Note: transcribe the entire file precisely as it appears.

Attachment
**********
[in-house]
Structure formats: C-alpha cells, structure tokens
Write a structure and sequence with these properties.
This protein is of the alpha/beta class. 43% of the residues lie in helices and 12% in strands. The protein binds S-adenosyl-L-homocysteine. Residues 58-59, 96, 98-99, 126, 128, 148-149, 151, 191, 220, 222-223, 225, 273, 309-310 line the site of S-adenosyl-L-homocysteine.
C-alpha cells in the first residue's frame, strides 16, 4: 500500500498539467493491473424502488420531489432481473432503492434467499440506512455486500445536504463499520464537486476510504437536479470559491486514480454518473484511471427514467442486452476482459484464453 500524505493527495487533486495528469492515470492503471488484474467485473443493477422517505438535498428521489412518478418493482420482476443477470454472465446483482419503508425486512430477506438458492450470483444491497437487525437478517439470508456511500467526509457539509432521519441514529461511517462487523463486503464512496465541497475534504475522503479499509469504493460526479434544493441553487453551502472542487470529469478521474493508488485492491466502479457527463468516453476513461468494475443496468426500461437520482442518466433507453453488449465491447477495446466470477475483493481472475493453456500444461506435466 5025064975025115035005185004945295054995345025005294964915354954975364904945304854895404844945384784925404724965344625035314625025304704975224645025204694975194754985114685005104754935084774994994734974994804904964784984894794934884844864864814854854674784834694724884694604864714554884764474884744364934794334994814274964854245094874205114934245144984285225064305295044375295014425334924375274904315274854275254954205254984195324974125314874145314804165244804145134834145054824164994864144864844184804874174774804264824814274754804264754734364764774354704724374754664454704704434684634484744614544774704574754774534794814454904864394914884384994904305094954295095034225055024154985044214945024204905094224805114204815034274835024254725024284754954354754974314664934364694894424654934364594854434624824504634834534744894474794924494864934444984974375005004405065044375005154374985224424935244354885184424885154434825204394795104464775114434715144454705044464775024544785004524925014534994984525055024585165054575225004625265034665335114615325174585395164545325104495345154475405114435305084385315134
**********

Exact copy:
[in-house]
Structure formats: C-alpha cells, structure tokens
Write a structure and sequence with these properties.
This protein is of the alpha/beta class. 43% of the residues lie in helices and 12% in strands. The protein binds S-adenosyl-L-homocysteine. Residues 58-59, 96, 98-99, 126, 128, 148-149, 151, 191, 220, 222-223, 225, 273, 309-310 line the site of S-adenosyl-L-homocysteine.
C-alpha cells in the first residue's frame, strides 16, 4: 500500500498539467493491473424502488420531489432481473432503492434467499440506512455486500445536504463499520464537486476510504437536479470559491486514480454518473484511471427514467442486452476482459484464453 500524505493527495487533486495528469492515470492503471488484474467485473443493477422517505438535498428521489412518478418493482420482476443477470454472465446483482419503508425486512430477506438458492450470483444491497437487525437478517439470508456511500467526509457539509432521519441514529461511517462487523463486503464512496465541497475534504475522503479499509469504493460526479434544493441553487453551502472542487470529469478521474493508488485492491466502479457527463468516453476513461468494475443496468426500461437520482442518466433507453453488449465491447477495446466470477475483493481472475493453456500444461506435466 5025064975025115035005185004945295054995345025005294964915354954975364904945304854895404844945384784925404724965344625035314625025304704975224645025204694975194754985114685005104754935084774994994734974994804904964784984894794934884844864864814854854674784834694724884694604864714554884764474884744364934794334994814274964854245094874205114934245144984285225064305295044375295014425334924375274904315274854275254954205254984195324974125314874145314804165244804145134834145054824164994864144864844184804874174774804264824814274754804264754734364764774354704724374754664454704704434684634484744614544774704574754774534794814454904864394914884384994904305094954295095034225055024154985044214945024204905094224805114204815034274835024254725024284754954354754974314664934364694894424654934364594854434624824504634834534744894474794924494864934444984974375005004405065044375005154374985224424935244354885184424885154434825204394795104464775114434715144454705044464775024544785004524925014534994984525055024585165054575225004625265034665335114615325174585395164545325104495345154475405114435305084385315134